The Storm Lake Fire Department has had a pretty hot year, with both an increase in calls and a five-year high in structural fires to fight, according to a newly-released annual study of the department.
During 2001, the mainly-volunteer force saw 189 call-outs, up from 182 the previous year. Firefighters battled 30 structural fires, easily the highest number since the current records system began. A normal year sees slightly over 20 major fires, with the previous high being 25 in 1997, and the recent low, 17 in 1998.
In addition, the fire department recorded the following statistics for 2001:
* 4 gas odor/leak calls
* 7 hazardous materials spills
* 13 vehicle fires
* 41 smoke scares or general assistance calls
* 5 rescue calls
* 69 false alarm calls, down from 83 in 2000.
* 2 downed power lines/transformer calls
* 5 grass/trash fires, down sharply from previous years before the city burning ban
* 2 carbon monoxide complaints
* 12 public safety stand-by posts
* There were no bomb scares or explosion calls in 2001.
The department is among the most experienced in northwest Iowa. In March, 15-year veteran Mike Jones was named as the new chief. The two assistant chiefs total 40 years on the department, the three captains total 54 years, and the three lieutenants total 56 years.
Of the 20 volunteers, eight are in line to mark 10 years or more on the department during 2002.
Despite state budget cuts, the department was able to access training funds through the Fire Marshall's office. About 92 hours of in-house training was provided in several specialty areas, with ongoing efforts to certify more of the volunteer firefighters. "In addition, we were also involved in some training opportunities based on the response to domestic terrorism," Jones said. Teleconferencing helped the department prepare for such emergencies, and some personal protective gear was also purchased for such emergencies.
Fire department officers logged an average of 102 hours of training in 2001, with a total of 3,060 hours spent in training by the department overall.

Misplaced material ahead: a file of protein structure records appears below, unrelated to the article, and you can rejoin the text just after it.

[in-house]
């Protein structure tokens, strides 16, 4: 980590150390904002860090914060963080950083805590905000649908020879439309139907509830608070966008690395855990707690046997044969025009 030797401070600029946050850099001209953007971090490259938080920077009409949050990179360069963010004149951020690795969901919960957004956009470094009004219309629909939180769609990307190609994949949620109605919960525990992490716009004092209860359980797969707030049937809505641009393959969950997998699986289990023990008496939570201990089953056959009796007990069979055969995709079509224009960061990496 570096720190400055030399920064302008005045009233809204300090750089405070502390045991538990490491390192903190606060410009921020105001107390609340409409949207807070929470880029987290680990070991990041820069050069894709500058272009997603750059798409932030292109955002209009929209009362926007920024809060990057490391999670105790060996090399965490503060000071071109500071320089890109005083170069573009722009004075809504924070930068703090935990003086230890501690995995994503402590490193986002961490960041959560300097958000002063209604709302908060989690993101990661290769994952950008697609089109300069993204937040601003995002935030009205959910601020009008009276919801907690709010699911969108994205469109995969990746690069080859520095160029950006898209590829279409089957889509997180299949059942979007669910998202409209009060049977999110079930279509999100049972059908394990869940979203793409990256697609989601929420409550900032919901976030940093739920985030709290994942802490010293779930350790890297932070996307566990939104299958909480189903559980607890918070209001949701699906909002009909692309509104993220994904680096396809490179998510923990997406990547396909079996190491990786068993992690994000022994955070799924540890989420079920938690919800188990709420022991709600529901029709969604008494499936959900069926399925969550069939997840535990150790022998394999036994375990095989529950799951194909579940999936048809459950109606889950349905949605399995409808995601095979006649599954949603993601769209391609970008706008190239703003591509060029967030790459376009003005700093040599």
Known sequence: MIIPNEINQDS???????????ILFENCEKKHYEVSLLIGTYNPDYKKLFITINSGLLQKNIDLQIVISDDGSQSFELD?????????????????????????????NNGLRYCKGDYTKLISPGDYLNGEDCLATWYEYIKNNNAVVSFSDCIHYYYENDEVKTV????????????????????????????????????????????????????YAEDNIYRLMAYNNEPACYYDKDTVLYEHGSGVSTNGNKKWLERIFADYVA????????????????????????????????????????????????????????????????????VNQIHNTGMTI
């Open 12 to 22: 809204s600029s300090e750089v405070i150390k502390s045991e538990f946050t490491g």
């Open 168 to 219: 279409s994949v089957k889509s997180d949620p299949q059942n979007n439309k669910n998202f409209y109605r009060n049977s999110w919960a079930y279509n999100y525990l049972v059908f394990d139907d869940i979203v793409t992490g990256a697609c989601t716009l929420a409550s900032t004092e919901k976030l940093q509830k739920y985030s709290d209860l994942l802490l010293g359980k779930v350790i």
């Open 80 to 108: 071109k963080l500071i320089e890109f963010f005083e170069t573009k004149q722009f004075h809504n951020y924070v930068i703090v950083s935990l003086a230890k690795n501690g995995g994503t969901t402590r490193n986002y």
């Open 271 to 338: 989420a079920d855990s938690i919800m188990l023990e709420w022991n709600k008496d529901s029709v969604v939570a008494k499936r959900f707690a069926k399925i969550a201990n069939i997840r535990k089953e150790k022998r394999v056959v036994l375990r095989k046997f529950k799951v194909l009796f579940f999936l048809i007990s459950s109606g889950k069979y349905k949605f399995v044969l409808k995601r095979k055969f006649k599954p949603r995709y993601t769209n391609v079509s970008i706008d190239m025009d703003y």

Much of the department's equipment was updated in 2001, including radio receivers in the outdoor weather warning systems and a new "Jaws of Life" victim extrication unit to replace a set that was over 20 years old.
The volunteers on the department chose to purchase chain saw equipment for the department with funds from their annual drive.
A house was provided for a training burn last June, and a mock disaster drill along with police, sheriff and hospital authorities further provided hands-on training opportunities.
Two new members have joined the department under a new set of hiring protocol, Josh Frevold as a full-time firefighter and volunteer Christine Stegora, the department's first female firefighter.
Fire safety inspections were completed with Buena Vista University and Iowa Central Community College.
The department currently boasts seven response vehicles, the newest being the 1999 aerial platform pumper and a 1994 rescue truck. The other fire engines date to 1990, 1986, 1981 and 1969.
The department's community services for the year included 51 residential inspections and 29 follow-ups, 34 liquor license inspections, 23 school and day care safety inspections, and 71 tours/fire safety presentations/drills and public appearances.